AP Business Writer
POSTED: 09:16 a.m. HST, Jan 05, 2013
LAST UPDATED: 09:17 a.m. HST, Jan 05, 2013
LOS ANGELES » Jason Kilar will step down by the end of March as the chief executive of Hulu, the online video service owned by the parents of ABC, NBC and Fox.
Kilar, 41, broke the news to staff in an email, which he posted on the Hulu blog on Friday. While he didn't state a reason, the video site has been losing money despite posting nearly $700 million in revenue last year. But it's growing fast, and added 200,000 paying subscribers in the last seven days alone, Kilar said. Last month, the company said it had more than 3 million subscribers.
The company's CEO since its founding in 2007, Kilar has at times clashed with Hulu's owners over strategy. Spawned in part as a bid to offset Internet piracy, Hulu got its start showing reruns of ABC, NBC and Fox shows free on the Web with minimal advertising, and added a $10-per-month subscription tier in June 2010 that expanded the back catalog.
The price of a subscription to Hulu Plus was cut to $8 a few months later, but a paid plan is necessary for viewers who wish to watch shows on tablets, phones, or Internet-connected TV sets. It's unclear if Kilar's resignation signals a change in strategy, but it could be a good opportunity for the companies to implement changes.
Two people familiar with the matter said the move was not surprising, partly because Kilar is flush with cash after being paid about $40 million for his stake in the company in a sale that coincided with Providence Equity Partners selling its 10 percent stake for $200 million late last year. The people spoke on condition of anonymity because they were not authorized to speak publicly.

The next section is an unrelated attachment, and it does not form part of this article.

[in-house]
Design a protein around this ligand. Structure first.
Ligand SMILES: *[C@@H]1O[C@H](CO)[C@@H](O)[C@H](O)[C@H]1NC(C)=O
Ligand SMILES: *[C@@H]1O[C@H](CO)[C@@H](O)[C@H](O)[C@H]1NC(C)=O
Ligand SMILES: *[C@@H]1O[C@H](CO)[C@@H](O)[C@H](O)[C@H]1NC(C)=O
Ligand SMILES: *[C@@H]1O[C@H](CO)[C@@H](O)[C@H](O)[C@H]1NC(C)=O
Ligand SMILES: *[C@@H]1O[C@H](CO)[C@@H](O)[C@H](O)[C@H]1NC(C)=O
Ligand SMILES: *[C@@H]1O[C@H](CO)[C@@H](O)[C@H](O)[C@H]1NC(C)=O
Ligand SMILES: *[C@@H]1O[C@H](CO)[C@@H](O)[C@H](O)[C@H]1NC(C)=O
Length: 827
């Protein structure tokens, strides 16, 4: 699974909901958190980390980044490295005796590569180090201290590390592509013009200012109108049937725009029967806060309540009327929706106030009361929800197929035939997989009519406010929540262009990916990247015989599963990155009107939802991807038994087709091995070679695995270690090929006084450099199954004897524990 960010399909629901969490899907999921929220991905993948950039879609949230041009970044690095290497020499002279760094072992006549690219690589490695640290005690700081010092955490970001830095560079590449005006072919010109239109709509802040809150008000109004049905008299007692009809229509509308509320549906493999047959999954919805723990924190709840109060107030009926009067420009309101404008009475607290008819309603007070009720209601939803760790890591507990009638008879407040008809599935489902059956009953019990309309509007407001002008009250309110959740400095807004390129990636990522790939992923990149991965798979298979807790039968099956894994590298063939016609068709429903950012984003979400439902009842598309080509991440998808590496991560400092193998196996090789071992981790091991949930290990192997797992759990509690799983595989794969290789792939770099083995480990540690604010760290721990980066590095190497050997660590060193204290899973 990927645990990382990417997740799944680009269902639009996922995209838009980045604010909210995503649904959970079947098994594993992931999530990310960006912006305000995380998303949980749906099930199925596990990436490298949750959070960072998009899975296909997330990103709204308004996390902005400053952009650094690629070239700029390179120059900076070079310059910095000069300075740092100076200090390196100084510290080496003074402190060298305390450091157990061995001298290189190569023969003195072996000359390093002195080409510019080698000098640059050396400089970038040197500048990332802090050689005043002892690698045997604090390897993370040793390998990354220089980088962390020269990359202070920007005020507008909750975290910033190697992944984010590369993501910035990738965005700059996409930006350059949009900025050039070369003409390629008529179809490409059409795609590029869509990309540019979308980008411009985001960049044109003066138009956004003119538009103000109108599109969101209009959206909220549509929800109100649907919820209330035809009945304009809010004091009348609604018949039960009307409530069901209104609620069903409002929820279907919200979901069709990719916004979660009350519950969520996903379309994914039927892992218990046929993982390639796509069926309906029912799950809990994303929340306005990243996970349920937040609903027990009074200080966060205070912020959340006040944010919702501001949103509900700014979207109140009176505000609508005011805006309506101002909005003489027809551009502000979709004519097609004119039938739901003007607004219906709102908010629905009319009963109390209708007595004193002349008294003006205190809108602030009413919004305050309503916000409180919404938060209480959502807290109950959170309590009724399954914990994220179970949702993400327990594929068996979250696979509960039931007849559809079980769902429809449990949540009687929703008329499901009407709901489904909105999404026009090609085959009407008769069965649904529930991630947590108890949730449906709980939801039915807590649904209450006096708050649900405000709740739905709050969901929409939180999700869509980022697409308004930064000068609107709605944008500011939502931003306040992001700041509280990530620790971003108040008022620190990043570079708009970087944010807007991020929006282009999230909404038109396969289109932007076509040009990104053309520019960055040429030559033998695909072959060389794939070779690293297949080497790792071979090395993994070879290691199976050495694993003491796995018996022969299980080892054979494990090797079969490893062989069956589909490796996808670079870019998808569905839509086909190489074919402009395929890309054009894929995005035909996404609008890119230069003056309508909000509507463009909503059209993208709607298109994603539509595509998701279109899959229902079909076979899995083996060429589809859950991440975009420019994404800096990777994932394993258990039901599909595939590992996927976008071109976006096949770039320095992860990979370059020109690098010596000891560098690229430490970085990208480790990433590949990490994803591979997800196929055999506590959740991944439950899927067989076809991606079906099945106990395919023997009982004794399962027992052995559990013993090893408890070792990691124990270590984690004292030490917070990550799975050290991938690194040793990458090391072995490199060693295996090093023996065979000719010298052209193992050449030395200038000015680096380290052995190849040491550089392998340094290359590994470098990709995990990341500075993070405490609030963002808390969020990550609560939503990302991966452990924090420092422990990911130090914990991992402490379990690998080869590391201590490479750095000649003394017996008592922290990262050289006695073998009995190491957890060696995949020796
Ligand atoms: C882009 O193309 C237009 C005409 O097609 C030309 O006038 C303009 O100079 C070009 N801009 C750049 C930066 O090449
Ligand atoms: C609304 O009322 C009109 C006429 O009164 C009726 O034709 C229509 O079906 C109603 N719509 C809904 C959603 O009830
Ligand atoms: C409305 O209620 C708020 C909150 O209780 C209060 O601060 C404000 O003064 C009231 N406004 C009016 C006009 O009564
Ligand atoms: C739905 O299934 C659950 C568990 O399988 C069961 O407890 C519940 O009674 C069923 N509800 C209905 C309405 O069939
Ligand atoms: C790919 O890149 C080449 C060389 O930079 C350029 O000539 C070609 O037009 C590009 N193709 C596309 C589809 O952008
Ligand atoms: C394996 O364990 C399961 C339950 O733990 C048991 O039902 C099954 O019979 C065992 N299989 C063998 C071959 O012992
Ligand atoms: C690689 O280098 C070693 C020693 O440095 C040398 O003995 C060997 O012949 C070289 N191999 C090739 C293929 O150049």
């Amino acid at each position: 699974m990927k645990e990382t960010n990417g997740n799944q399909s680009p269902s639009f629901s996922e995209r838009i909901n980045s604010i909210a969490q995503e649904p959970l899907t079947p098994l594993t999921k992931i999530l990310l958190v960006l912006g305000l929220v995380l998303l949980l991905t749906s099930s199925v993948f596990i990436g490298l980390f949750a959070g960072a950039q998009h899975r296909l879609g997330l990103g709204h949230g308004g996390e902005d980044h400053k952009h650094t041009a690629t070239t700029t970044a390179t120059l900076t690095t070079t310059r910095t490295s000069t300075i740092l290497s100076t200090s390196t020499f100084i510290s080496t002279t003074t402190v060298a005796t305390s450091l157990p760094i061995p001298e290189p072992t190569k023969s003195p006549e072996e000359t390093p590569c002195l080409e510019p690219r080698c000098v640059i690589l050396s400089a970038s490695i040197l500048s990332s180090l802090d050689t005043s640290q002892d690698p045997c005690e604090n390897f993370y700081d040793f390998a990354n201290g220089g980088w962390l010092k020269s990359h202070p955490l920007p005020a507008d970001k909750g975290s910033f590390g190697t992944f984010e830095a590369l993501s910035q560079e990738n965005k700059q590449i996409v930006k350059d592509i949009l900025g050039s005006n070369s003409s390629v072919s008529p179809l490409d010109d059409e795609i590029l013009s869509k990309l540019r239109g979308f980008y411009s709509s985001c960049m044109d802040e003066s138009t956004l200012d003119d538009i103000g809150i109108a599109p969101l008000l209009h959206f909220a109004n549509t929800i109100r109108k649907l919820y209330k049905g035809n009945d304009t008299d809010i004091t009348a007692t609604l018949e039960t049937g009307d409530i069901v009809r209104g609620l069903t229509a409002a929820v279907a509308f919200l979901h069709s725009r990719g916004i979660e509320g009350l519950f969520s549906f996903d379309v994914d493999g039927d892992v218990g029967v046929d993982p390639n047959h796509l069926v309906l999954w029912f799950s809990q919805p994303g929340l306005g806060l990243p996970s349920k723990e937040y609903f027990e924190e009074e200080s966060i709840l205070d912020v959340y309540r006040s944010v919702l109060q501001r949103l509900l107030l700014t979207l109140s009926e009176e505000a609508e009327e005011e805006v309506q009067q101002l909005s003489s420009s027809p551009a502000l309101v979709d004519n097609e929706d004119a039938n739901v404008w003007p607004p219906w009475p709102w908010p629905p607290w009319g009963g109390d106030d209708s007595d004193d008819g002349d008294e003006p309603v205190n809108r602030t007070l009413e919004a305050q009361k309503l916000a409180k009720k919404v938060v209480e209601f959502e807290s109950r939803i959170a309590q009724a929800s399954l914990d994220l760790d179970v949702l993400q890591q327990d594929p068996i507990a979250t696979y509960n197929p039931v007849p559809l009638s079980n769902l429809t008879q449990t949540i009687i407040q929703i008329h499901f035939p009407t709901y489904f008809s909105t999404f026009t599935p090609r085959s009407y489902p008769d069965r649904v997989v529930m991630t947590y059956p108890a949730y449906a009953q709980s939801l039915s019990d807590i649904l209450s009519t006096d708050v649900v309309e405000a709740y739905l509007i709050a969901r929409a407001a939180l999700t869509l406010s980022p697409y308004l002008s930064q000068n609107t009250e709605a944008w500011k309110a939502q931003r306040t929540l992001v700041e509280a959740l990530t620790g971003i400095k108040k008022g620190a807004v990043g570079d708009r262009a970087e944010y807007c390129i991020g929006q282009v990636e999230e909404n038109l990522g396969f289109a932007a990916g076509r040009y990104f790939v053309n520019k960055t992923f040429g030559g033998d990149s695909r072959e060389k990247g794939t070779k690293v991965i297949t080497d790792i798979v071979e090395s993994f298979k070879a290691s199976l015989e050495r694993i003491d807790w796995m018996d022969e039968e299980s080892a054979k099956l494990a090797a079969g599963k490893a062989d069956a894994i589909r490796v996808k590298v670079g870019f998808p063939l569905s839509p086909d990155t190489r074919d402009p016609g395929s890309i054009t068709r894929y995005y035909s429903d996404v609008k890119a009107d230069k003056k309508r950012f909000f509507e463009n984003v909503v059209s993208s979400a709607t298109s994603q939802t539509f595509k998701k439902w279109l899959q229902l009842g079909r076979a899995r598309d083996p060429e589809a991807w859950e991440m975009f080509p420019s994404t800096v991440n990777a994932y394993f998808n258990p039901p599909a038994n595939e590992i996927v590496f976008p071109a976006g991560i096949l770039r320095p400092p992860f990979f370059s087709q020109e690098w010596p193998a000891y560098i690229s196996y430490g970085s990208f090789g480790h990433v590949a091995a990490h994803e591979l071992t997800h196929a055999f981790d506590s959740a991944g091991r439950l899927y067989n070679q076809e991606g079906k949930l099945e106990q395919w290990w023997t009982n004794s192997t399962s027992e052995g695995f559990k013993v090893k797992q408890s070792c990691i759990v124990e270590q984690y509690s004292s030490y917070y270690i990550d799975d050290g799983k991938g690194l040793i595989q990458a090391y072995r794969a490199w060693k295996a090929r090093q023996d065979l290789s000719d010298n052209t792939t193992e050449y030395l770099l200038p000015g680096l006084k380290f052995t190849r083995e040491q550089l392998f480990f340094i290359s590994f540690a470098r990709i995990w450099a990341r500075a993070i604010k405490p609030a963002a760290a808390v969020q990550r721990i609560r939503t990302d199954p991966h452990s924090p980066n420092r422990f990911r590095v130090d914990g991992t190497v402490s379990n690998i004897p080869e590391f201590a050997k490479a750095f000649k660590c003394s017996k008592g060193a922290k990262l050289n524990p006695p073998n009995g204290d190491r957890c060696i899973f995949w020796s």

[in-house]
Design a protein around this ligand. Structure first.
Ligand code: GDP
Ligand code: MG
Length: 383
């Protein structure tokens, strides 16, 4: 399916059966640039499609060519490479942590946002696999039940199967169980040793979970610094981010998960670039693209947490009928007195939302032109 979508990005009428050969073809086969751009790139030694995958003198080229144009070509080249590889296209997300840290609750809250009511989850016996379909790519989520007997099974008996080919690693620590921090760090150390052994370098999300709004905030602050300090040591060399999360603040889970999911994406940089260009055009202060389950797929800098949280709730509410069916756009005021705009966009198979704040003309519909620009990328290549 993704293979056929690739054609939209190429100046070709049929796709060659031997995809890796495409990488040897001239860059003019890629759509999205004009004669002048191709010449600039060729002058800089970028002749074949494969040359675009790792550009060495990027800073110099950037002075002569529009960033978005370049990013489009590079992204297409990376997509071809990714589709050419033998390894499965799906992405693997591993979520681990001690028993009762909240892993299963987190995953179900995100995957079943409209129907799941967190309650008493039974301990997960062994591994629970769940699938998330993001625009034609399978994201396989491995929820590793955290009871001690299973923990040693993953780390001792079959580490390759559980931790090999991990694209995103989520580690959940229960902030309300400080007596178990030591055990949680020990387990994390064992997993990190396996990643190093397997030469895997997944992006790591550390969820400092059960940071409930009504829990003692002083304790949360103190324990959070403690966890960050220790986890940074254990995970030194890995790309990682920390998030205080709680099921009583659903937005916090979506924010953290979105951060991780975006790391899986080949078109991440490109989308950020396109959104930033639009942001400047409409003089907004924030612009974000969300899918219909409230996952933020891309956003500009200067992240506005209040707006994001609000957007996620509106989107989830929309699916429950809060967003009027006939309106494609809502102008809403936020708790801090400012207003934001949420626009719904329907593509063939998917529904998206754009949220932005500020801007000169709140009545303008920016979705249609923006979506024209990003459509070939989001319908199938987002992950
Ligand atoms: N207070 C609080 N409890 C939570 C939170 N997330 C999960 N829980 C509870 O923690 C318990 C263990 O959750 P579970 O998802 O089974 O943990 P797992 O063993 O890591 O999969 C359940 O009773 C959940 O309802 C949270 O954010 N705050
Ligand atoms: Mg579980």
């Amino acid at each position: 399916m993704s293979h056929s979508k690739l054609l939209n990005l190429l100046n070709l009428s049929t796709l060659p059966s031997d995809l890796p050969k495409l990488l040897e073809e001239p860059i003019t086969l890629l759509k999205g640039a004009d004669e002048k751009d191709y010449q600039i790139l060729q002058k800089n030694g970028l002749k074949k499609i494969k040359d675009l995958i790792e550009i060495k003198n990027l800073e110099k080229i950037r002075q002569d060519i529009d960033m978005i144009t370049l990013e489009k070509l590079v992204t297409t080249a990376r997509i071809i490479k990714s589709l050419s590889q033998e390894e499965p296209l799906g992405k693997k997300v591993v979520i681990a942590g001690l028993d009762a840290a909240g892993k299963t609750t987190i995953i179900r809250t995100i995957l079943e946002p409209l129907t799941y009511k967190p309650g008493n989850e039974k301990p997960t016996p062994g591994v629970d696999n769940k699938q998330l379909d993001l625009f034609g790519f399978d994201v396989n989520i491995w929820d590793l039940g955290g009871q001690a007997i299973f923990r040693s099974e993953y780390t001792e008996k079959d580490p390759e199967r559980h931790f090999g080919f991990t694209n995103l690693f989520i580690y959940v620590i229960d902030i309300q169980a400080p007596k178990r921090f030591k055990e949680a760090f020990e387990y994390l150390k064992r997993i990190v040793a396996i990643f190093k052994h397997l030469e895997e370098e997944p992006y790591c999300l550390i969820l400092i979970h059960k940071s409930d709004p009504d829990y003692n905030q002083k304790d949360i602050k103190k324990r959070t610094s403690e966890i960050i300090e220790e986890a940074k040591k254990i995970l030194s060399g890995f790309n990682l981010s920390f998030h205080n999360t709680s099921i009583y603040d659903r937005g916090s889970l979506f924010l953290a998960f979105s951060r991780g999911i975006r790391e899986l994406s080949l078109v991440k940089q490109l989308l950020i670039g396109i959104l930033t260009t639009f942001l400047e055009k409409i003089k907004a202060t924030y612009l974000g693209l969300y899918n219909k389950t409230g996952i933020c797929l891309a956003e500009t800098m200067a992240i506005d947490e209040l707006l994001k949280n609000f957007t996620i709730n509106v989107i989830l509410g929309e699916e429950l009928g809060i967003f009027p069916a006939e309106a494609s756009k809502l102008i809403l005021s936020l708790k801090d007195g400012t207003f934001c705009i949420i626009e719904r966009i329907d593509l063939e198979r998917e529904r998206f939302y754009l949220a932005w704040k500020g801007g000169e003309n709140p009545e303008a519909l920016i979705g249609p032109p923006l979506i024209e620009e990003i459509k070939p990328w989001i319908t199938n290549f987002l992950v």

Providence's exit came after the owners decided not to sell Hulu in 2011 following months of entertaining outside offers.
Kilar said in the blog that Richard Tom, senior vice president and chief technology officer, will leave at about the same time. As an entrepreneur who previously helped Amazon get into the video streaming business, Kilar could re-emerge as the head of a new fledgling business. Prior to joining Hulu, Tom spent eight years at Microsoft, where he led a team that created a business application platform for its Office Live online software.
"We are fortunate to have collectively built a culture that matters, a brand that matters, a business that matters," Kilar said in his memo. "It is impossible to state in words how much this team means to me, how much Hulu means to me."
Hulu's parent companies, The Walt Disney Co. and News Corp., lauded Kilar's accomplishments.
"Jason has been an integral part of the Hulu story, transforming it from an interesting idea into an innovative business model that continues to evolve," said Disney CEO Bob Iger in a statement. "We are proud of his achievements, we appreciate what he's built, and we share his confidence in his team's ability to drive Hulu forward from here."
News Corp. CEO Rupert Murdoch added, "Jason and his team have done a great job building Hulu into one of the leading online video services available today and it's incredibly well positioned for the road ahead. We are grateful for Jason's leadership and wish him the best on his next venture."
NBC parent Comcast Corp. is required to be a silent partner in Hulu as part of the government signing off on its purchase of NBCUniversal in January 2011.